Increased serum CXCL1 and CXCL5 are linked to obesity, hyperglycemia, and impaired islet function.


Journal Article

Proinflammatory cytokines are thought to play a significant role in the pathogenesis of type 2 diabetes (T2D) and are elevated in the circulation even before the onset of the disease. However, the full complement of cytokines involved in the development of T2D is not known. In this study, 32 serum cytokines were measured from diabetes-prone BKS.Cg-m+/+Lepr(db)/J (db/db) mice and heterozygous age-matched control mice at 5 weeks (non-diabetic/non-obese), 6-7 weeks (transitional-to-diabetes), or 11 weeks (hyperglycemic/obese) and then correlated with body weight, blood glucose, and fat content. Among these 32 cytokines, C-X-C motif ligand 1 (CXCL1) showed the greatest increase (+78%) in serum levels between db/db mice that were hyperglycemic (blood glucose: 519±23 mg/dl, n=6) and those that were non-hyperglycemic (193±13 mg/dl, n=8). Similarly, increased CXCL1 (+68%) and CXCL5 (+40%) were associated with increased obesity in db/db mice; note that these effects could not be entirely separated from age. We then examined whether islets could be a source of these chemokines. Exposure to cytokines mimicking low-grade systemic inflammation (10 pg/ml IL1β+20 pg/ml IL6) for 48 h upregulated islet CXCL1 expression by 53±3-fold and CXCL5 expression by 83±10-fold (n=4, P<0.001). Finally, overnight treatment with the combination of CXCL1 and CXCL5 at serum levels was sufficient to produce a significant decrease in the peak calcium response to glucose stimulation, suggesting reduced islet function. Our findings demonstrated that CXCL1 and CXCL5 i) are increased in the circulation with the onset of T2D, ii) are produced by islets under stress, and iii) synergistically affect islet function, suggesting that these chemokines participate in the pathogenesis of T2D.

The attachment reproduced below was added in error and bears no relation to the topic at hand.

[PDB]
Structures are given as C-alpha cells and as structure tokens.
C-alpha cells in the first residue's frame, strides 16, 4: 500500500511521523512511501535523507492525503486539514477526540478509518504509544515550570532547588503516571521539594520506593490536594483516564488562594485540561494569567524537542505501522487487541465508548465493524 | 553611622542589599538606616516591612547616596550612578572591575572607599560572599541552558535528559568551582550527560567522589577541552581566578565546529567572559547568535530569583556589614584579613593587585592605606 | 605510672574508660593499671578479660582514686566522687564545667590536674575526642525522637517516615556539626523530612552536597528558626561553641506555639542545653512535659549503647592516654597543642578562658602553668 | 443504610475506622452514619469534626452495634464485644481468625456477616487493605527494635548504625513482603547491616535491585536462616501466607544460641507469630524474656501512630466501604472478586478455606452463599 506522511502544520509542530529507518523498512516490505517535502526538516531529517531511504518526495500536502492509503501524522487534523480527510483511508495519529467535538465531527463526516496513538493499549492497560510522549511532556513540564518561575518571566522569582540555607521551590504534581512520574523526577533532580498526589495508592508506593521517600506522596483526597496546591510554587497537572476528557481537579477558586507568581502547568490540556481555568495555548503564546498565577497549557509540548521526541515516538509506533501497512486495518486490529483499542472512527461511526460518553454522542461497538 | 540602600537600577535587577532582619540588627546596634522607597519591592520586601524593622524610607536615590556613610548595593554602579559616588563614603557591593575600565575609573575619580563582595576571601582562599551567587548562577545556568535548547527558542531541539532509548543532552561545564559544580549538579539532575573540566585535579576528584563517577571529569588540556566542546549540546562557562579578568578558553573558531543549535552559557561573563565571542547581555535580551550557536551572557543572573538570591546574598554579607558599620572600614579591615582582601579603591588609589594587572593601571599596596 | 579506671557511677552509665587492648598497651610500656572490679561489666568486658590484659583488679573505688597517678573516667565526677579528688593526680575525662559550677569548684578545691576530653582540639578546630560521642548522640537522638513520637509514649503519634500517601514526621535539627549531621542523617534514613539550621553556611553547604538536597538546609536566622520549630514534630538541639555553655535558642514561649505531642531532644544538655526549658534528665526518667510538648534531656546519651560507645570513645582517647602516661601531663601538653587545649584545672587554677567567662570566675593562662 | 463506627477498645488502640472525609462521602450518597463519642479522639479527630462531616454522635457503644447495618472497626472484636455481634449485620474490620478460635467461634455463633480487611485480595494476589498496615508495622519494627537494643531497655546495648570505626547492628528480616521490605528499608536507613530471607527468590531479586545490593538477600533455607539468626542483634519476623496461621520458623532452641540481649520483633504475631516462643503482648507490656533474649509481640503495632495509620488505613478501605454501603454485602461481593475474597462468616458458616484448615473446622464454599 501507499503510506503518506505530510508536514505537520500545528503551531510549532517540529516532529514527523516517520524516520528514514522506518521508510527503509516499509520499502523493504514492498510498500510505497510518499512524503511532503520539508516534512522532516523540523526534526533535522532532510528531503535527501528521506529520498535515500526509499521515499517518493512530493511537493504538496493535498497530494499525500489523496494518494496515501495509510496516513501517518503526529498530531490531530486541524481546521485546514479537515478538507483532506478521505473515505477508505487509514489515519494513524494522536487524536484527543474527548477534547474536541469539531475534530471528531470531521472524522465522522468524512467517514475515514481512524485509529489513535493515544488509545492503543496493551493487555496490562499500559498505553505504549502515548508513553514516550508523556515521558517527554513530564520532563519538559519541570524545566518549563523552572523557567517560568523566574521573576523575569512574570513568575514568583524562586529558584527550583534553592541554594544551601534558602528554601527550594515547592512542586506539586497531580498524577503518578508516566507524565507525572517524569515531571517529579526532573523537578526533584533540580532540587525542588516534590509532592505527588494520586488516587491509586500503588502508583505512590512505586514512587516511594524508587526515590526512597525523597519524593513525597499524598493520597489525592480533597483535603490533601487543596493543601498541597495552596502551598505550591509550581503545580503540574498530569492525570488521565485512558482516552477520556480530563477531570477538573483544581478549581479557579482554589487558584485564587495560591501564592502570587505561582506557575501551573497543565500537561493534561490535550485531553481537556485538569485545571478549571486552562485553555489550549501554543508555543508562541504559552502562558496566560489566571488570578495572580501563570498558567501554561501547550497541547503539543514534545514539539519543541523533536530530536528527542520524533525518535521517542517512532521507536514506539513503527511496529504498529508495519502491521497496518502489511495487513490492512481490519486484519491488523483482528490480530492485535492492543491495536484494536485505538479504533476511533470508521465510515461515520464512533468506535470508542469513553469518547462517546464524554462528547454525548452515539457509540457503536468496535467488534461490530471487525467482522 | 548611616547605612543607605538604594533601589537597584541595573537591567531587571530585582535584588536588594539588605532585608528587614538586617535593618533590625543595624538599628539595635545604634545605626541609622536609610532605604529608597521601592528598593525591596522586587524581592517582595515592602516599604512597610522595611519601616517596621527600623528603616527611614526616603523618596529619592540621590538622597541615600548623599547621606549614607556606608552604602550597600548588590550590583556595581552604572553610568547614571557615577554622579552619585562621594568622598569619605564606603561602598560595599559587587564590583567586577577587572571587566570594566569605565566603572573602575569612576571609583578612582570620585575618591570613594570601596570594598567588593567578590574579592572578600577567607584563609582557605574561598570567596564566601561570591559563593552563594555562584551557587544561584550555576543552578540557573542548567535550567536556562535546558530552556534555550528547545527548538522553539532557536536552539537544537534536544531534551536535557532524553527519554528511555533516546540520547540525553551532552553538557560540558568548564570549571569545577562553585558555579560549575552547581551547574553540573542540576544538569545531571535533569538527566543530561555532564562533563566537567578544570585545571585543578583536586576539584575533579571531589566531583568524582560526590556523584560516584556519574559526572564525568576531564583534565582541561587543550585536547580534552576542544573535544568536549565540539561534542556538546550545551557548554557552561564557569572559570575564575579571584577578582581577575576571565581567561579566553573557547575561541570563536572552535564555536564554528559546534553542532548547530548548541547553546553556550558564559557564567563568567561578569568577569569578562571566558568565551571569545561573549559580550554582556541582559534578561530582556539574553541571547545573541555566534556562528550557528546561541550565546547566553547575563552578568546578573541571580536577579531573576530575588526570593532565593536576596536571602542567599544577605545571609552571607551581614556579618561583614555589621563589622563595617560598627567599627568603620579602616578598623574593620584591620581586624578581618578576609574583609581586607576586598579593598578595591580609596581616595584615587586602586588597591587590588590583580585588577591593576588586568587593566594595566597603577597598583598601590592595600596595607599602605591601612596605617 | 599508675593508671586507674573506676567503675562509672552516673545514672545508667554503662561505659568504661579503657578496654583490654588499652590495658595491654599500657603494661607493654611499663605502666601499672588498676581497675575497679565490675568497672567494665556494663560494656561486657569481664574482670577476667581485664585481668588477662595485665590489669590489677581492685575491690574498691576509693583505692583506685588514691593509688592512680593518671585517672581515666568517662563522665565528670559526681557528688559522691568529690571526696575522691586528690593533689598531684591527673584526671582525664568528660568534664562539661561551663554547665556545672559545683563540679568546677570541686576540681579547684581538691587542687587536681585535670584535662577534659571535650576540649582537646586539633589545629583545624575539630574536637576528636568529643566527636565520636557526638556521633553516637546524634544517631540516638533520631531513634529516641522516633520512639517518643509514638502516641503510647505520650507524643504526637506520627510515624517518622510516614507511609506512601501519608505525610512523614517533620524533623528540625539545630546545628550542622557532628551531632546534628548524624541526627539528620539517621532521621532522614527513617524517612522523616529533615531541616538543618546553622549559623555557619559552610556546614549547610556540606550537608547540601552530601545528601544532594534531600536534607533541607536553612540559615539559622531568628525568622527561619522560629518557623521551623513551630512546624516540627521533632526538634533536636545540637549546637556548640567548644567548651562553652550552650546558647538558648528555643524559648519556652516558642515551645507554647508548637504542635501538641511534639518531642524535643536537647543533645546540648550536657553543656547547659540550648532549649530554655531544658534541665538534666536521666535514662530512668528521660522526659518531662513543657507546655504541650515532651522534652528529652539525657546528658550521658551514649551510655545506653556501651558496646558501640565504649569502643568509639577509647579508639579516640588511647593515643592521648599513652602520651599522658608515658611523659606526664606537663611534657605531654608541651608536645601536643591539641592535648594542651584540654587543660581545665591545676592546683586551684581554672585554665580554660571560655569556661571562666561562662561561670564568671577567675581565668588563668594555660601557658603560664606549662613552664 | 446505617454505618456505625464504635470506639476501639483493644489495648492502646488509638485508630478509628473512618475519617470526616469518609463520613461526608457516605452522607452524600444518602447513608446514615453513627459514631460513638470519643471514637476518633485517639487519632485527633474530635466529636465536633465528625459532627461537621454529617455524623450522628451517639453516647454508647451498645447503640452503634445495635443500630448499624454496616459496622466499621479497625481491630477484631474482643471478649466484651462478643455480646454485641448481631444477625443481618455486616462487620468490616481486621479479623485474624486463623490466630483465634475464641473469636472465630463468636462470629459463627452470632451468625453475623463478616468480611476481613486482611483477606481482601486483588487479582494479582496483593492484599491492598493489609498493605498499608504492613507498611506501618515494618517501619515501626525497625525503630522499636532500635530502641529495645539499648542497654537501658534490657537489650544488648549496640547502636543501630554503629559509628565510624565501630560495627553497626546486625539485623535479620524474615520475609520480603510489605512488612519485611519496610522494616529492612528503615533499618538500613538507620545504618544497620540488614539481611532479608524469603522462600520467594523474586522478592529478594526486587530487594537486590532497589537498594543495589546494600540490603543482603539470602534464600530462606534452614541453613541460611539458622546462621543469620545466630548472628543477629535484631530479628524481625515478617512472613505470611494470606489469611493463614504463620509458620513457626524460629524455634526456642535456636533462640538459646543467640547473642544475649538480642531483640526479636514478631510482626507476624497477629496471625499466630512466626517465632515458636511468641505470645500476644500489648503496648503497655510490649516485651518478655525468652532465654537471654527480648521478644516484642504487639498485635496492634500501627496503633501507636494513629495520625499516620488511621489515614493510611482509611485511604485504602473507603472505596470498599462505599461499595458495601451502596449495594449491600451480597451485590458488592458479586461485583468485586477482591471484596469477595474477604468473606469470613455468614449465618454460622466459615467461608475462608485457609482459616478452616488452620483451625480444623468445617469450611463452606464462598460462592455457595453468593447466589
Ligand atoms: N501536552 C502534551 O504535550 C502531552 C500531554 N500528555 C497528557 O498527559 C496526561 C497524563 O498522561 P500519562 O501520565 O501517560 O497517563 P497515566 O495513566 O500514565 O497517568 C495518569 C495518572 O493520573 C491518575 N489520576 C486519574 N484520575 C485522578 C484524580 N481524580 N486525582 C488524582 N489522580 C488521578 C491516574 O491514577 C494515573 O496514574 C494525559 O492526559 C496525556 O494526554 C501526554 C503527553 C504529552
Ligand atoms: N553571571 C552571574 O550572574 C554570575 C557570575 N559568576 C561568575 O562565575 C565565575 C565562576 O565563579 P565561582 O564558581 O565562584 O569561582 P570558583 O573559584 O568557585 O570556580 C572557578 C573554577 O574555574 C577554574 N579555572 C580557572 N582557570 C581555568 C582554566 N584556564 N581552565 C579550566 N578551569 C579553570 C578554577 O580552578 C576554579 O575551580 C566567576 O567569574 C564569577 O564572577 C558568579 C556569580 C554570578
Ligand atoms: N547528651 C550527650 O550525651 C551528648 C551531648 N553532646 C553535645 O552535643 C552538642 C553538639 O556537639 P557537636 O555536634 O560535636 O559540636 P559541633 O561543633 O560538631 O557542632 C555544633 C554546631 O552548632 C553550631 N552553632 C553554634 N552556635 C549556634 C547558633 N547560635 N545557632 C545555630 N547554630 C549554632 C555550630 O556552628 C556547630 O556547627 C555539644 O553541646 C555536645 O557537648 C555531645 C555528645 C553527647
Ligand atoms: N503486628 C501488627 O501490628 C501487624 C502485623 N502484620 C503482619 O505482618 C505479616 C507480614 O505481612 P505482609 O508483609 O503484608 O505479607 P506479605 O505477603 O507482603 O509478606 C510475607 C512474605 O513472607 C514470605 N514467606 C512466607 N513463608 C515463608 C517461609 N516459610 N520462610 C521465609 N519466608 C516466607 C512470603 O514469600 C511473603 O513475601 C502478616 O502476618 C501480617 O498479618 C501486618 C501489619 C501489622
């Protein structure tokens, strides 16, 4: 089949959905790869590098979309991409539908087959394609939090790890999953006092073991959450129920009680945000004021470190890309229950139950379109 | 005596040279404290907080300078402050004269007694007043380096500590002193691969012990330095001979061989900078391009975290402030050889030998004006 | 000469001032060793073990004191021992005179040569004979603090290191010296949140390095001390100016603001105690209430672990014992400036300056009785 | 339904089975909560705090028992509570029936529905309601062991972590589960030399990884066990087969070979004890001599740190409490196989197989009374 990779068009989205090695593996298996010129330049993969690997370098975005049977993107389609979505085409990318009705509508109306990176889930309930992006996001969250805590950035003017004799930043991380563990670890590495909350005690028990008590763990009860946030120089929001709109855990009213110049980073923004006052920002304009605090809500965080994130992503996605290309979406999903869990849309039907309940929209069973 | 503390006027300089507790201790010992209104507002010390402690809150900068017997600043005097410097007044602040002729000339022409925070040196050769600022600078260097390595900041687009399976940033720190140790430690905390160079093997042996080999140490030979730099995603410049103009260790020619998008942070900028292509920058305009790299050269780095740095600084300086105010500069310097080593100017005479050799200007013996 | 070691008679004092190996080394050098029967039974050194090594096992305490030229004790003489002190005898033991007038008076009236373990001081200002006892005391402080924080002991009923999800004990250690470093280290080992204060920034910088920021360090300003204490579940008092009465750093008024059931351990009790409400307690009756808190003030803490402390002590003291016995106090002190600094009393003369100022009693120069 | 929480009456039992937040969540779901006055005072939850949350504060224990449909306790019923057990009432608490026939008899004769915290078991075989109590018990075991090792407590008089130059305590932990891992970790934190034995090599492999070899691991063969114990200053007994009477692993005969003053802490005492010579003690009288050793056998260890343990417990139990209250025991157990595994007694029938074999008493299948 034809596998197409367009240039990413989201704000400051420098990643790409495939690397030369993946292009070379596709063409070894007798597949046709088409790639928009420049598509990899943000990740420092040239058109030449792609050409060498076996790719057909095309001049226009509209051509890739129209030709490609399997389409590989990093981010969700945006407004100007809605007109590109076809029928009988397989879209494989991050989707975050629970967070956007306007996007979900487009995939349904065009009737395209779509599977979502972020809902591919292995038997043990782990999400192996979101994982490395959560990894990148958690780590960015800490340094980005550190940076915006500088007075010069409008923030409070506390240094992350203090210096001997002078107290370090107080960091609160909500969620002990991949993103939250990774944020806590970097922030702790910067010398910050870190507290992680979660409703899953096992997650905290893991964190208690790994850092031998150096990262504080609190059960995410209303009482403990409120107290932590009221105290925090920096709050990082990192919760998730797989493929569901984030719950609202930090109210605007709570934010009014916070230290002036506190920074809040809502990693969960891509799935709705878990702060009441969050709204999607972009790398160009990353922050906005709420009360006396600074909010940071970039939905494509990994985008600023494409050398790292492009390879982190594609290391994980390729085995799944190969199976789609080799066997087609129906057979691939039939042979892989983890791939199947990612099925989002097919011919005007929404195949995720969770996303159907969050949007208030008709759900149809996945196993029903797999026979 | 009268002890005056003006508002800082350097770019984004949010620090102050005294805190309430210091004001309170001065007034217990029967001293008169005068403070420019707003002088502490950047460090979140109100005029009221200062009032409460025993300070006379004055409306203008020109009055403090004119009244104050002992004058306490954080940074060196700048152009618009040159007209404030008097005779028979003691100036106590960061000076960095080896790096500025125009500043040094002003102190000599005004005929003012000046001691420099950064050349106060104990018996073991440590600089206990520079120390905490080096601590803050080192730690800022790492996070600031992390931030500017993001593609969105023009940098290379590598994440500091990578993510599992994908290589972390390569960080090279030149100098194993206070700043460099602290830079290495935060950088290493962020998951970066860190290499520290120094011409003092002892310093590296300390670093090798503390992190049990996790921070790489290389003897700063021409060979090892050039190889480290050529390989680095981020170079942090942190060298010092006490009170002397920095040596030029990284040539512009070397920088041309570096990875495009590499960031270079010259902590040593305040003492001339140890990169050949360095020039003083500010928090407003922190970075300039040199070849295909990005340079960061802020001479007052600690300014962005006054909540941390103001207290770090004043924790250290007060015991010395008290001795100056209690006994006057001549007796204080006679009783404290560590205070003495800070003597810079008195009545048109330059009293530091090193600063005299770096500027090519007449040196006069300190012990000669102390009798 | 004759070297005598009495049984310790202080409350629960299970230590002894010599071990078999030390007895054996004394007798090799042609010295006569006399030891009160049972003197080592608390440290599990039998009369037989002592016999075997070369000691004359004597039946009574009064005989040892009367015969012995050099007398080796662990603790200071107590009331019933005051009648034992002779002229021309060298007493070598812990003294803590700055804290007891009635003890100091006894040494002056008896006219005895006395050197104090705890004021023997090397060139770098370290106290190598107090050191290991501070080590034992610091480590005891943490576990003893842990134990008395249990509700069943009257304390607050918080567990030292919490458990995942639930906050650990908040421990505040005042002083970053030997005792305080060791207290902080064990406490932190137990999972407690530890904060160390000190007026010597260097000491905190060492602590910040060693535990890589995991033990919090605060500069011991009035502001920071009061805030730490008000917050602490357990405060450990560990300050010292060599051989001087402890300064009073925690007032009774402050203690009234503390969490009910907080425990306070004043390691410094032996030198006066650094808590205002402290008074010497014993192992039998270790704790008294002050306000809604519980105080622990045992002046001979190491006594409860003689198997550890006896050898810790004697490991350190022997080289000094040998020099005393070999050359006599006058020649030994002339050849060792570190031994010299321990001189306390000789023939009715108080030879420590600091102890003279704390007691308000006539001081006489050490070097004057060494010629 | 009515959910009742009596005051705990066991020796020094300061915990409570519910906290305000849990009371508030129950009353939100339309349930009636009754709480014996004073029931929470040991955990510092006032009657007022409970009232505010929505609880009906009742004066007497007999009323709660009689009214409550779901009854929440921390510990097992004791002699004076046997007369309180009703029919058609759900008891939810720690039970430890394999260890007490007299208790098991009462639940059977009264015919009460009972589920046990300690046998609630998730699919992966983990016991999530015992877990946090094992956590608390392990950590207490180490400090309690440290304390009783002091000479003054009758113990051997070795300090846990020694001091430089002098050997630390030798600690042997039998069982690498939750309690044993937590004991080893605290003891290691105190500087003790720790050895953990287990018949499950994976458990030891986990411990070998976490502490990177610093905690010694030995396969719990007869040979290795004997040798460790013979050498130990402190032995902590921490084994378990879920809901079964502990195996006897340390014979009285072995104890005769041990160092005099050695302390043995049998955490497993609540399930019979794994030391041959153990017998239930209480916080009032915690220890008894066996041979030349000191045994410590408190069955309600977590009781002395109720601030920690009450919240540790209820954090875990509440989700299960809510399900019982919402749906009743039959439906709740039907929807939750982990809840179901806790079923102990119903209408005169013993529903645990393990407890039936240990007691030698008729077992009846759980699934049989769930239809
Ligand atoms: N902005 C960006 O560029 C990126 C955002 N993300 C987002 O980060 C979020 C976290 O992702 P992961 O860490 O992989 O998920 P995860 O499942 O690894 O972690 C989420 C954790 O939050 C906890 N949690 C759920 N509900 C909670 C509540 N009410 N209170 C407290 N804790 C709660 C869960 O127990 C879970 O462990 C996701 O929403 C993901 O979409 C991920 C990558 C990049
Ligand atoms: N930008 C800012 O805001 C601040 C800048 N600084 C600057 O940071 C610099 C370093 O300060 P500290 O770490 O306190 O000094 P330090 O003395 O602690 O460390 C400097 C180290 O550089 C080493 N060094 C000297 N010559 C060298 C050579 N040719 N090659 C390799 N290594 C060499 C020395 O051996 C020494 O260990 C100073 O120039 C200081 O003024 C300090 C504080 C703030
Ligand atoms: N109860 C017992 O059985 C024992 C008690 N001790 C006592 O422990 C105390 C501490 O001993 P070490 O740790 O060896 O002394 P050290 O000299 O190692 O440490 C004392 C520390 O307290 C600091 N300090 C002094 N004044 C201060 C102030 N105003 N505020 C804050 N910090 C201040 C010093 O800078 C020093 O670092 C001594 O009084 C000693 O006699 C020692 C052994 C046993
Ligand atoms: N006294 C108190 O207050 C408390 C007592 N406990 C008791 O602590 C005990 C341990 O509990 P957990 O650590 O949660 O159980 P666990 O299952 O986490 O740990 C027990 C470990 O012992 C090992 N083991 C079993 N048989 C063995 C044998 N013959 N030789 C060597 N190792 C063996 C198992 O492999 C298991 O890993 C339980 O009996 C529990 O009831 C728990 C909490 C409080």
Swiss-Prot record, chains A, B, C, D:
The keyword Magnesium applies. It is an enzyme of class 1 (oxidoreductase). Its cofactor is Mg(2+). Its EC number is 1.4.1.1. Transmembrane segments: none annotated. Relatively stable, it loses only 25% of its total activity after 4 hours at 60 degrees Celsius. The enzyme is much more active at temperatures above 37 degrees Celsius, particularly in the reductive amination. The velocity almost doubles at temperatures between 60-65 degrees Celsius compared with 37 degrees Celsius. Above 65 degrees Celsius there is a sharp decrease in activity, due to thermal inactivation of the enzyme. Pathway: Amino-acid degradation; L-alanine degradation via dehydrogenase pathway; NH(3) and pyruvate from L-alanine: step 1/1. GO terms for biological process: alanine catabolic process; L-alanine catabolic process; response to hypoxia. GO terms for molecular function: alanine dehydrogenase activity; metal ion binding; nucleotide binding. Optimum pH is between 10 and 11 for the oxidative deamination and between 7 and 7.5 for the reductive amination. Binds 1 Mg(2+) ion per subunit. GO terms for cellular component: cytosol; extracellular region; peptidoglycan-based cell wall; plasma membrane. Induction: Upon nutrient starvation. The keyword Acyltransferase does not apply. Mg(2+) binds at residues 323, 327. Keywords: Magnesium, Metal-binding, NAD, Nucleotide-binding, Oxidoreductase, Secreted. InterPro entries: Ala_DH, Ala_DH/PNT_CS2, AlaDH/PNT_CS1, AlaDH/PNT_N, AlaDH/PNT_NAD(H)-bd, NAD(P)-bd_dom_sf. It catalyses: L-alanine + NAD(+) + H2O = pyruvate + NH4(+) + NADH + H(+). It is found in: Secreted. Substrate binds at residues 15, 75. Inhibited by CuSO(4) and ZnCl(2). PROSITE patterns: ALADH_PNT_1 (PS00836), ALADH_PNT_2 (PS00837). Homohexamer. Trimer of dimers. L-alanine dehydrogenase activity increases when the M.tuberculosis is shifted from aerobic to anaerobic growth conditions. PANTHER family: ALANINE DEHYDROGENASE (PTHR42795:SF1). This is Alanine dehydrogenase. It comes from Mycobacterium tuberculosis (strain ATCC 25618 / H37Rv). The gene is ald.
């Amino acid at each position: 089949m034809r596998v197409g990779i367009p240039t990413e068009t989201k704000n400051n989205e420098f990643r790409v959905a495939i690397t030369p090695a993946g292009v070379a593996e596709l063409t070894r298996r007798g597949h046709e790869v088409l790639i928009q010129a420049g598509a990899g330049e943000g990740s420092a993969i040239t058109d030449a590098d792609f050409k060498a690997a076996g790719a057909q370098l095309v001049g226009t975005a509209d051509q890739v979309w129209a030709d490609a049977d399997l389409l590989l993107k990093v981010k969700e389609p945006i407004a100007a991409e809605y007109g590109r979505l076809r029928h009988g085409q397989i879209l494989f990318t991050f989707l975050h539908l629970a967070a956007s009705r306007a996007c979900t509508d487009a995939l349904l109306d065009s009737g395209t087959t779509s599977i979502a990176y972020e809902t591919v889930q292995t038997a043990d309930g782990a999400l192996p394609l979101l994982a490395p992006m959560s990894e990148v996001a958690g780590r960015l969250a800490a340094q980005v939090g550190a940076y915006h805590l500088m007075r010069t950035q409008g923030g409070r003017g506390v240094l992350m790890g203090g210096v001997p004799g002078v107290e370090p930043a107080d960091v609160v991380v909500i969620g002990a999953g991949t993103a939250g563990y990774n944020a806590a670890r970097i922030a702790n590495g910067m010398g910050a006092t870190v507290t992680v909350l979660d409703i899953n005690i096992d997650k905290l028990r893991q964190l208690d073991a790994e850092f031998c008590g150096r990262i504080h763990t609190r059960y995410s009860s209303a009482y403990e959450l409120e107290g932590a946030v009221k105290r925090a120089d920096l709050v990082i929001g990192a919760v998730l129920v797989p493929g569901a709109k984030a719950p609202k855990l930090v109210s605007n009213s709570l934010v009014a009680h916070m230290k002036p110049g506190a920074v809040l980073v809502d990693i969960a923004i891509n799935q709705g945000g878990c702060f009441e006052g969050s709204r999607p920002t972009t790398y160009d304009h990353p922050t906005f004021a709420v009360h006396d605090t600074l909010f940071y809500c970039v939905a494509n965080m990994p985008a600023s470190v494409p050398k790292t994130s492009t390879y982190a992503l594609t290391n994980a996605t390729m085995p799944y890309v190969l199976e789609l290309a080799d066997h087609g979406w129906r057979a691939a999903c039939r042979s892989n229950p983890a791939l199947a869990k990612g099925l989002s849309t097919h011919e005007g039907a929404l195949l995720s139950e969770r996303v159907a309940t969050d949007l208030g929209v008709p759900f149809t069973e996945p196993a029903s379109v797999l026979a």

Full Text

Cited Authors

  • Nunemaker, CS; Chung, HG; Verrilli, GM; Corbin, KL; Upadhye, A; Sharma, PR

Published Date

  • August 2014

Published In

Volume / Issue

  • 222 / 2

Start / End Page

  • 267 - 276

PubMed ID

  • 24928936

Pubmed Central ID

  • 24928936

Electronic International Standard Serial Number (EISSN)

  • 1479-6805

International Standard Serial Number (ISSN)

  • 0022-0795

Digital Object Identifier (DOI)

  • 10.1530/joe-14-0126


  • eng